Wrapped in green and white kimono, the Yoshida Brothers looked completely at ease playing shamisen at the B.B. King Blues Club and Grill in New York last month.

The Japanese brothers’ hipster good looks and original rock ‘n’ roll take on shamisen music made them stars long ago in Japan. The Tsugaru shamisen, which originated in the Tsugaru region of Aomori Prefecture, has even enjoyed a resurgence with the brothers’ rise in popularity.

They have been working steadily to build an audience in the U.S. since their first album debuted there three years ago. Ryoichiro, who turns 29 this month, and Kenichi, 26, hope to get more fans with their U.S.-recorded album, “III,” which was released in March.

The brothers said in a recent interview that touring and recording in the United States over the past few years has increased their confidence.

“Playing on your own, you can’t cover up any mistakes,” said Ryoichiro.

During their 2004 U.S. tour, it was often just the two of them on stage. Playing alone together meant they had to pay especially close attention to one another, which they said has resulted in a more natural give-and-take.

Kenichi, 26, said that tour also helped them to connect better with American audiences.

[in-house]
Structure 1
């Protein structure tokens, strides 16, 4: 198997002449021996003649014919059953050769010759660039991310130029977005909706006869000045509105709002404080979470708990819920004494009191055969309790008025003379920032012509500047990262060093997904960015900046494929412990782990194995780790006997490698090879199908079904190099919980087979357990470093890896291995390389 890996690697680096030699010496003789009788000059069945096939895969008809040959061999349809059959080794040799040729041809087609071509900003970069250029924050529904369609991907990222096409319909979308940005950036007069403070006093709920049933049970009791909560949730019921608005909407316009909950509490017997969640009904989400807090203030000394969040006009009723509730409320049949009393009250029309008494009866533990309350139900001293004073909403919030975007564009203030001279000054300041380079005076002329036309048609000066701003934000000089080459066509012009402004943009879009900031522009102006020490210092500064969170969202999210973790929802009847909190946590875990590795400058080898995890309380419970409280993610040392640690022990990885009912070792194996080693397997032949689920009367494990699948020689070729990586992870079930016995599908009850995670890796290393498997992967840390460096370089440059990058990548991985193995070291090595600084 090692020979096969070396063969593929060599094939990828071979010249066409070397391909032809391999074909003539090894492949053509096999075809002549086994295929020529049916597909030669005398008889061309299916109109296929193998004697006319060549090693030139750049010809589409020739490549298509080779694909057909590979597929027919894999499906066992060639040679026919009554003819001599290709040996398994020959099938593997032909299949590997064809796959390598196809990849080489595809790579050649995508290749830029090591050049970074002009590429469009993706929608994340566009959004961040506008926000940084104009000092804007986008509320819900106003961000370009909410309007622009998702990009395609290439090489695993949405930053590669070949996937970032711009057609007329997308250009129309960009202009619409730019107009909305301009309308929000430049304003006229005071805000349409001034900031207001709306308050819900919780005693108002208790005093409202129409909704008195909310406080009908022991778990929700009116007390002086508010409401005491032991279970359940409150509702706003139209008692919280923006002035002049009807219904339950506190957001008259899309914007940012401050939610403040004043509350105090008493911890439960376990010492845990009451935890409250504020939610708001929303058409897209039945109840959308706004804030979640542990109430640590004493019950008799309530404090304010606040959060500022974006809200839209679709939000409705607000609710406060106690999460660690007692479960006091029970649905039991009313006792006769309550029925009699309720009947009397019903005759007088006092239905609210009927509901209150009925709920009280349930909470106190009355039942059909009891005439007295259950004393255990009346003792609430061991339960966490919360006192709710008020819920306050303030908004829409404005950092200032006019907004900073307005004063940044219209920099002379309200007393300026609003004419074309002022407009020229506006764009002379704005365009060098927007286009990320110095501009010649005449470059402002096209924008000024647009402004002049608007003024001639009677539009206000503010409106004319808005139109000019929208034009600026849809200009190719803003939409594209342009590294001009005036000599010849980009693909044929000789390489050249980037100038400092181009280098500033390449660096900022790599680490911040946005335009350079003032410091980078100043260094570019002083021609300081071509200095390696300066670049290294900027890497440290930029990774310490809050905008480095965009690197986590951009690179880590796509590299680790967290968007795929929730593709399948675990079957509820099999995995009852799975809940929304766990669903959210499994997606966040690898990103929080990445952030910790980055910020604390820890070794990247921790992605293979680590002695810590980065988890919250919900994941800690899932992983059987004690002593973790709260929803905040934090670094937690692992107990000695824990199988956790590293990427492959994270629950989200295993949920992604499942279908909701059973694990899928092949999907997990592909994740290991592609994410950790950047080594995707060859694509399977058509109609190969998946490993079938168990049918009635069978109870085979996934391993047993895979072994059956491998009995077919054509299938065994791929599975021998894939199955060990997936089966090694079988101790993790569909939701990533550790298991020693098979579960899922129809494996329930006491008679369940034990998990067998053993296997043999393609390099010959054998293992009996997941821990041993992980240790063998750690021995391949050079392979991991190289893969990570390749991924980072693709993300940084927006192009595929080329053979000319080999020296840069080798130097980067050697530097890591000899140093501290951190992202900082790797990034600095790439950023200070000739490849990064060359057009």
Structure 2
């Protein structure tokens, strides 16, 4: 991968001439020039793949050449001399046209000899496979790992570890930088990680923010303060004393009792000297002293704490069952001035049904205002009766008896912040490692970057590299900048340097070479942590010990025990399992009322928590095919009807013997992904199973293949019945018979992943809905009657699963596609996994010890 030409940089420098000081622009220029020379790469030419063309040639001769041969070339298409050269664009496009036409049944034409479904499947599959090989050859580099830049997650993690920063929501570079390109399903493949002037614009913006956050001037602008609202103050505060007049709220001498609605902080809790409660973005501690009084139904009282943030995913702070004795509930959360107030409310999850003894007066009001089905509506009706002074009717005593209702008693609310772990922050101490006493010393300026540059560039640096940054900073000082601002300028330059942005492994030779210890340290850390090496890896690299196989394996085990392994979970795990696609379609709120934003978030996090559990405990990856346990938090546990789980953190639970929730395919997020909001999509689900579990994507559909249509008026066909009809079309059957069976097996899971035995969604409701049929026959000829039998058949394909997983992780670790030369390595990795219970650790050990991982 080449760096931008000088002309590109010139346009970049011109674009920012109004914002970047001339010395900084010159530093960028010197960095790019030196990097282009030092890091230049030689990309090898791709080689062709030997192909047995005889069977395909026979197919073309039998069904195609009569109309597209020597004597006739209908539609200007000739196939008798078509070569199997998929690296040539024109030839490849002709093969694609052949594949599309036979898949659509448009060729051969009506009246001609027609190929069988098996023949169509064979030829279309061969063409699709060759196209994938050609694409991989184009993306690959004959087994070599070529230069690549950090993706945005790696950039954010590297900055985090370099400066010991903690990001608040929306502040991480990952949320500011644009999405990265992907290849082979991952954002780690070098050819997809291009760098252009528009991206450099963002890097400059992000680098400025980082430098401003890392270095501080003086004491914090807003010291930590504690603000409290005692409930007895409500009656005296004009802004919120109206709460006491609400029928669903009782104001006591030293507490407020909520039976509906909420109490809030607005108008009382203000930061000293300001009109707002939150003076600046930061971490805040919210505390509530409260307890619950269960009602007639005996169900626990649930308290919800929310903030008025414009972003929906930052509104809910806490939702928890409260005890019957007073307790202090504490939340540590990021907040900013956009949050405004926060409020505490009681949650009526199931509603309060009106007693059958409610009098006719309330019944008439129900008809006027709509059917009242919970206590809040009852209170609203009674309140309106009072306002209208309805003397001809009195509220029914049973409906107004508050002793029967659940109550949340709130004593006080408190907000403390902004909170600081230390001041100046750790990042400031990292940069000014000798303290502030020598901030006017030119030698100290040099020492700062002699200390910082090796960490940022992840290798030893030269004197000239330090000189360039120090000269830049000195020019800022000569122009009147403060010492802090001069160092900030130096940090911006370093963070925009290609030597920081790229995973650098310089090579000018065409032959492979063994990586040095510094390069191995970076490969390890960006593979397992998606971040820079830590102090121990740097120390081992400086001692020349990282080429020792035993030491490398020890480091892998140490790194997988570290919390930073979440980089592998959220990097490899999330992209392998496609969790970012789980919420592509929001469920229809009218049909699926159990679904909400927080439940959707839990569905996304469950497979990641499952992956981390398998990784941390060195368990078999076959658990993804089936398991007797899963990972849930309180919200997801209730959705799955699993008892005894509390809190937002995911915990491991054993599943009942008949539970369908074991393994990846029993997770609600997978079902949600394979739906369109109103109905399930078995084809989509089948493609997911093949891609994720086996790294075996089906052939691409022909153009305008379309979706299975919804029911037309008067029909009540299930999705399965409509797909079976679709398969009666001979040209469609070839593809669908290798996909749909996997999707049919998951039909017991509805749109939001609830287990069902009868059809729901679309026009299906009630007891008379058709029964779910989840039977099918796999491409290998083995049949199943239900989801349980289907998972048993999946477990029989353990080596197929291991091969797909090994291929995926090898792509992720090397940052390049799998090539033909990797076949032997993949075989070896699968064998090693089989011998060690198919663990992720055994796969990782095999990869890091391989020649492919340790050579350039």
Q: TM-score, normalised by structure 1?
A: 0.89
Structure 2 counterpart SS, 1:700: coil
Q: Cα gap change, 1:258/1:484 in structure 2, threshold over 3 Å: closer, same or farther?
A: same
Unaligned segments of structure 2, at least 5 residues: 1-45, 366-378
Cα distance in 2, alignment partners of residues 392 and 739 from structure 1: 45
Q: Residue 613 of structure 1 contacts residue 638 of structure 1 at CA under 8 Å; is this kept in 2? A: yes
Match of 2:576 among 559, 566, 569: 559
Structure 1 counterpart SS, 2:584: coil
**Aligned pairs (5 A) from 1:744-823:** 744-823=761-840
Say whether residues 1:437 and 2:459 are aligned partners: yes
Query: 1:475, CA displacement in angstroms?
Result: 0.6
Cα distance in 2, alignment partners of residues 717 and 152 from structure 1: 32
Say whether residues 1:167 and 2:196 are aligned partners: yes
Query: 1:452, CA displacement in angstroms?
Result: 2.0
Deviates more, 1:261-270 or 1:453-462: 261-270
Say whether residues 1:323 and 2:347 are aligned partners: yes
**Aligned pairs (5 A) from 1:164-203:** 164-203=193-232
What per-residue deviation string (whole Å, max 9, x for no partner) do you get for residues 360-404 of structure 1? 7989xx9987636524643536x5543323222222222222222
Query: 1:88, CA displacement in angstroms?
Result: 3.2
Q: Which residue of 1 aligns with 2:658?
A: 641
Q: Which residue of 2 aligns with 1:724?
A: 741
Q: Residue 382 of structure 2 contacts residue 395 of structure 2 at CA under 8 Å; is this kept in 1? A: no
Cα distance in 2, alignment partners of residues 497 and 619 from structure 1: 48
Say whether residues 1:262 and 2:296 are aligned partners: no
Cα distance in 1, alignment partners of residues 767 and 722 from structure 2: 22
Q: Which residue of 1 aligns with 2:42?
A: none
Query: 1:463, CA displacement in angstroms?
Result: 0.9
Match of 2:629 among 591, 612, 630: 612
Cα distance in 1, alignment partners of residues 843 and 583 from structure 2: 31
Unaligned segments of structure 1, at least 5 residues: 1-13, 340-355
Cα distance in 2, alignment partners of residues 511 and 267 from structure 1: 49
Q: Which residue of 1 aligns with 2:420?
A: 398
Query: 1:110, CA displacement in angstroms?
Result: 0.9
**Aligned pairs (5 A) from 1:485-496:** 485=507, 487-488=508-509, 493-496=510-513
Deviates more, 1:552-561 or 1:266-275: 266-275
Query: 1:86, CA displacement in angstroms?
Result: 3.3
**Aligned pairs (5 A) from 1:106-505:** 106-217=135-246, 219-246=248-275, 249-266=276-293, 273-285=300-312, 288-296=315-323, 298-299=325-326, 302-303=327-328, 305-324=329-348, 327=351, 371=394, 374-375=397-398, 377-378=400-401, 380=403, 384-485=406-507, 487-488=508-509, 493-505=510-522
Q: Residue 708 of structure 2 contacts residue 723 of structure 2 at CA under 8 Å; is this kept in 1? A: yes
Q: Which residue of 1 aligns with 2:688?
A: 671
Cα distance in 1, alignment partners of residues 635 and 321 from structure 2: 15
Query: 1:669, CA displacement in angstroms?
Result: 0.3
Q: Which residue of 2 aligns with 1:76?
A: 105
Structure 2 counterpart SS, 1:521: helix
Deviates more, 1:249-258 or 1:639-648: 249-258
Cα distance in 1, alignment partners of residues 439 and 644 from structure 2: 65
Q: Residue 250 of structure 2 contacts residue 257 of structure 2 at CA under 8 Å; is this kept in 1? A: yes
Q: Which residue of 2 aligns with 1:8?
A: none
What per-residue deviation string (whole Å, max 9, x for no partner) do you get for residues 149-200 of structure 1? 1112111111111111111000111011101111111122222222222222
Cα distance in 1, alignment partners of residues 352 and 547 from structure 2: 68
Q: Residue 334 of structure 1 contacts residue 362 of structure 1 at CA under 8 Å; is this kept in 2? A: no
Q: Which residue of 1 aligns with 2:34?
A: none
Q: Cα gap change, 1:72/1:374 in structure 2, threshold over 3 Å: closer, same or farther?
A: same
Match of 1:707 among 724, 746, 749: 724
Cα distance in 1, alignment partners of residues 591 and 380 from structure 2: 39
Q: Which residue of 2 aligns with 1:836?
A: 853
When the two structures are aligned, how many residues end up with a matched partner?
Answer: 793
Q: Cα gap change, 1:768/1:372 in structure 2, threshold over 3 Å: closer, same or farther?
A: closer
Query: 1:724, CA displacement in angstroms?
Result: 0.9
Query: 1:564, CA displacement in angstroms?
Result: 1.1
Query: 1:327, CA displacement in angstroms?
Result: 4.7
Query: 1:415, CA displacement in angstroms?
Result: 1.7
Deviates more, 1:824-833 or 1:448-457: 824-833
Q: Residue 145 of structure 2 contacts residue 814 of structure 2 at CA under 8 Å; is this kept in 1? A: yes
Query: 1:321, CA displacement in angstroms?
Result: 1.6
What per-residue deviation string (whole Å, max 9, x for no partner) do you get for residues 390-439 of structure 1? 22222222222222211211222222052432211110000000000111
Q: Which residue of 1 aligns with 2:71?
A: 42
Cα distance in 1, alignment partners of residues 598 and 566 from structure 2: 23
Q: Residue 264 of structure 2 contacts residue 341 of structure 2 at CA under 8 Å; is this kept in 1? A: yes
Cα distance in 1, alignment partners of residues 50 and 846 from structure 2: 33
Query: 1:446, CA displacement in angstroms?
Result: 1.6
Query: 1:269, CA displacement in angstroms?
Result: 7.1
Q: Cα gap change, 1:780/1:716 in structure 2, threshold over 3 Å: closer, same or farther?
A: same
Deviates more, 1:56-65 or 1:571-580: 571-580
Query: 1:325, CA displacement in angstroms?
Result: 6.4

He said before one concert, several members of the sound crew who had been setting up on stage gave them curious looks when they changed into their kimono.

After the show, the same men came to them to say their show was “awesome.” Kenichi said in that moment he felt their music could really communicate to different audiences.

Their latest album was recorded during a three-month stay in Santa Monica, Calif.

Working closely with producer Tony Berg, the brothers delved into a variety of different sounds, from blues to covers of songs by Brian Eno, and John Lennon and Yoko Ono.

The brothers said recording in the U.S. was very different from in Japan, where they said it is a “practical and businesslike” process, in which an album is usually recorded in a month.

“You spend a lot of time discussing the album here. It takes a while before you actually start recording,” Ryoichiro said.

“I can’t really say which is good or bad (of the two processes). But in L.A., by the time we recorded the album, we didn’t have any doubts about our playing and interpretation of the music.”

Kenichi, who wrote his first blues song, “Overland Blues,” for “III,” said working closely with Berg showed them how detailed discussions can help their music.

“Tony complained that I played the song too lightly — he said blues is like the music you play when you get out of prison after a long time,” he said, adding that the advice helped.

Even though the process was long and there was the occasional disagreement, Kenichi is happy with the results.

In a sign of their rising success in the U.S., the Yoshida Brothers headlined a show at New York’s famous Knitting Factory club the night after their date at the B.B. King Blues Club.

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